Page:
Redefining Our Views of "Power"
How comfortable are you with the power you have to improve your own working conditions, ask for a raise, sing your own praises, solve a challenging organizational issue or go after the promotion you deserve? As Gloria Feldt has found, too many people allow the authority they’re given to confine the power they actually have – powers of persuasion, persistence, creativity, disruption and the ability to form mutually beneficial alliances with others.
Feldt, an author, activist and former CEO of the largest women’s reproductive health organization in the world, is on a mission to close women’s leadership gaps across all sectors, in all industries and within every business and profession.If you have questions about how to identify and use power, join us TODAY,Feb. 12 in Connect: Professional Women’s Network when Gloria Feldt, President ofTake the Lead, will be answering your questions!In the meantime, here’s our Q&A with Gloria:LINKEDIN: What advice would you give to someone who’s not comfortable being in a position of power?FELDT: For too long, women have lived with but resisted embracing the traditionally male definition of power, as the power over something or someone. We will become more comfortable with being in positions of power when we change how we think about the whole concept. When we redefine power as the power to – to accomplish good things in this world, thrive as an individual and help others, make life better for our kids, when we, as a society, transform our view of power and value authentic leadership more than domination, then it is much easier for us to embrace the ideas of power and the responsibilities of positions that require the use of power.LINKEDIN: What is the value of risk-taking for women?FELDT: We grow our courage muscles like we grow our physical muscles—by using them. Same with risk taking. The actress Kathleen Turner, a very smart cookie when it comes to leadership and life, says that she never repeats her successes—she always seeks new roles unlike those she already has done, roles that will stretch her abilities. She once told me, “A full and meaningful life must involve some risks or there can be no growth.“When I started my journey to leadership, women thought we had to become men (metaphorically and in their behaviors and even dress—anybody else remember the sincere navy suits and floppy ties?) to succeed. Today, it is clear that the world needs what women have to offer. In the 20th century, women marched to get the vote and change discriminatory laws. In the 21st century, we must actualize the opportunities we have created for ourselves to take our rightful place in the fair and equal share of leadership.Every step of the way forward for women or any other kind of progress has required some kind of risk taking. Otherwise no progress would be made.LINKEDIN: What advice would you give to those just starting out in the professional world?FELDT: When my grandson asked me how I had managed to do all I had done in life considering I had started out as a teen mom with no employable skills. I blurted out without thinking, “I just said yes.” And in truth, I believe that young women just starting out should be open to fortuity, to paths they might not have considered taking.If I had not said yes when offered a teaching job at Head Start, I would not have learned come into contact with Planned Parenthood. And if I had not said yes when offered my first leadership position at Planned Parenthood, I would never have ended up as the national president. And if I had not said yes when my book editor suggested I write a book about women and power even though I had something different in mind, I would not have written No Excuses, and as a result, I would not have founded Take The Lead.But now I temper that “just say yes” with a corollary that might sound paradoxical: “Be intentional. Don’t follow your dreams, lead them.” Most importantly, know that if you have chosen a profession or a position or a path that turns out not to be a good, authentic fit for you, you can unchoose it and do something else.Readers: What have you learned from taking risks — ones that worked out and those that didn’t?Photo: Sergey Nivens/ShutterstockTake the Lead’s Challenge Launch event will take place on Feb. 19, 2014, live at Arizona State University and will also be live-streamed. Speakers include Sheryl Sandberg, Carla Harris and a distinguished panel on the impact of media on women’s leadership. All participants will receive a free Career Transforming Takeaway that will help you chart a new course in your career and life.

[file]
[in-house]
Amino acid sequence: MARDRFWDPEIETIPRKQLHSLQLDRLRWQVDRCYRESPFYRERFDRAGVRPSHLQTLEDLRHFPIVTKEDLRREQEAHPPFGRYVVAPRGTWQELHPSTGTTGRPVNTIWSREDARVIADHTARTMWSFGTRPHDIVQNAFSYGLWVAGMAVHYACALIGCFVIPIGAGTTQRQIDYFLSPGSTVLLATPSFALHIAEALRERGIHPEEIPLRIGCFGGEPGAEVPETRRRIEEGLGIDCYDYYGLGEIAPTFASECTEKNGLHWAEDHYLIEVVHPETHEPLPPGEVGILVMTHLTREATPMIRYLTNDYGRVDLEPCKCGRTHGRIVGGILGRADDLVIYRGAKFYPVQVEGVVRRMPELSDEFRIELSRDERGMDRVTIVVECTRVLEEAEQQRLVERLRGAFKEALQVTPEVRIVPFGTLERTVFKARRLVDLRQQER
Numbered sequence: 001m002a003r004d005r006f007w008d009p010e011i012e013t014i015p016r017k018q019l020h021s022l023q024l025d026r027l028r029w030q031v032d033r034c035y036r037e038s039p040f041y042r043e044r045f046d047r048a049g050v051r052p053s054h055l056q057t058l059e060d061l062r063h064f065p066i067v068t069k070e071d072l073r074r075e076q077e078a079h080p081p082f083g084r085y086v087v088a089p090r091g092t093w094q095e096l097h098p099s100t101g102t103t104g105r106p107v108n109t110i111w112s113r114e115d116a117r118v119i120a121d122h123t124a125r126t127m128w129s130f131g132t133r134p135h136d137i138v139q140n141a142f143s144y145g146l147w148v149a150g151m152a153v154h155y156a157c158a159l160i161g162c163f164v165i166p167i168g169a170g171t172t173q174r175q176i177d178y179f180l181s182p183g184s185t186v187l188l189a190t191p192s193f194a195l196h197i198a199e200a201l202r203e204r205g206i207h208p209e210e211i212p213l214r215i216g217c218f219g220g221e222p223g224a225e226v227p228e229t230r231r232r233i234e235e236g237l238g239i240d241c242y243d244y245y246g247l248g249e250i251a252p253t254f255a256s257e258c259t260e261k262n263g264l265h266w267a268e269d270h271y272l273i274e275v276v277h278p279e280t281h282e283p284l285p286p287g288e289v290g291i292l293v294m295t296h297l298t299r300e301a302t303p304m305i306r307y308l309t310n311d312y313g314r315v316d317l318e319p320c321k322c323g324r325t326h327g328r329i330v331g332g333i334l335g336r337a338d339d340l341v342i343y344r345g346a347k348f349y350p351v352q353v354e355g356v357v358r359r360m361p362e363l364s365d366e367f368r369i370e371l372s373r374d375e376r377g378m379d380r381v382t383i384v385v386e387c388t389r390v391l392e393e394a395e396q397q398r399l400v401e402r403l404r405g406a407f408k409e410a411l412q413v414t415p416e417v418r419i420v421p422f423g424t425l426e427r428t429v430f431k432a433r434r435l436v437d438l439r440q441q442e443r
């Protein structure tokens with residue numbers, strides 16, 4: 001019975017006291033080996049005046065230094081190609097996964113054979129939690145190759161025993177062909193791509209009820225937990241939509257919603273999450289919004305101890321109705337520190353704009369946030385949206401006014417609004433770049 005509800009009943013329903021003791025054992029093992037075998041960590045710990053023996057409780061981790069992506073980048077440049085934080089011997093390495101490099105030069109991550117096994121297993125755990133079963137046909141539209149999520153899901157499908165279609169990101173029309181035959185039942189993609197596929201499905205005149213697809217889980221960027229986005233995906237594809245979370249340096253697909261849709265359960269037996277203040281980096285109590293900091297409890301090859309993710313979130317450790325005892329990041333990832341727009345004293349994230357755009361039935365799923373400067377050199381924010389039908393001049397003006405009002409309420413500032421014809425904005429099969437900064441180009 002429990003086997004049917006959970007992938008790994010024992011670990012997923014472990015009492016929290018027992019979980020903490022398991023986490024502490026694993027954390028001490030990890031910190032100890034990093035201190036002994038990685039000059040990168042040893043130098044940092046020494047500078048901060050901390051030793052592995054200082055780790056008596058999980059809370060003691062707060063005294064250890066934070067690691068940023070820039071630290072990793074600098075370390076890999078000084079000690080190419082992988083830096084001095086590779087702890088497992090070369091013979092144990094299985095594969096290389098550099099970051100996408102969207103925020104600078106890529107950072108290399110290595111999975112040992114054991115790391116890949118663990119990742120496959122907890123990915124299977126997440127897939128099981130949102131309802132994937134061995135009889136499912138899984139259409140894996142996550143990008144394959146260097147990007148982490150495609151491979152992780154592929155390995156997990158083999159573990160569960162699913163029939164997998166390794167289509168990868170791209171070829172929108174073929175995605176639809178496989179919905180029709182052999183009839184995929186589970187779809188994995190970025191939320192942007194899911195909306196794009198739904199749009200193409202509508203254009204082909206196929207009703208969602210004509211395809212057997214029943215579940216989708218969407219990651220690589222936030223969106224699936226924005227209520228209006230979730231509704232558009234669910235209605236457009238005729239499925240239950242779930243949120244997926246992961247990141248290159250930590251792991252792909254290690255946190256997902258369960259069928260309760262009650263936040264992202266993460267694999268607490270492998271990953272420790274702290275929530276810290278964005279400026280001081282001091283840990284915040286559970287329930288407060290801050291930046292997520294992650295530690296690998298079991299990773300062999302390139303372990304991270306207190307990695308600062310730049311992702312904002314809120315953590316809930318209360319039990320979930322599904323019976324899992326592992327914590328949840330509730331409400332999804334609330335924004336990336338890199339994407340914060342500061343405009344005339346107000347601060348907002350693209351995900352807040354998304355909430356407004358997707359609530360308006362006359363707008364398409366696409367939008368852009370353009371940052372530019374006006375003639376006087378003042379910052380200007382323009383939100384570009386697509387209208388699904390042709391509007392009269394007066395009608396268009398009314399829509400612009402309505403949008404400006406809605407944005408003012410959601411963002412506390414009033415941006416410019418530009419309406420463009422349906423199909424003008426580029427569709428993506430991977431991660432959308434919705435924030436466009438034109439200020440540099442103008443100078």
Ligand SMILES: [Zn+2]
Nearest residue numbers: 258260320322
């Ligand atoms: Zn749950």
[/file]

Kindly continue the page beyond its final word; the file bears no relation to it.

This post originally appeared on LinkedIn.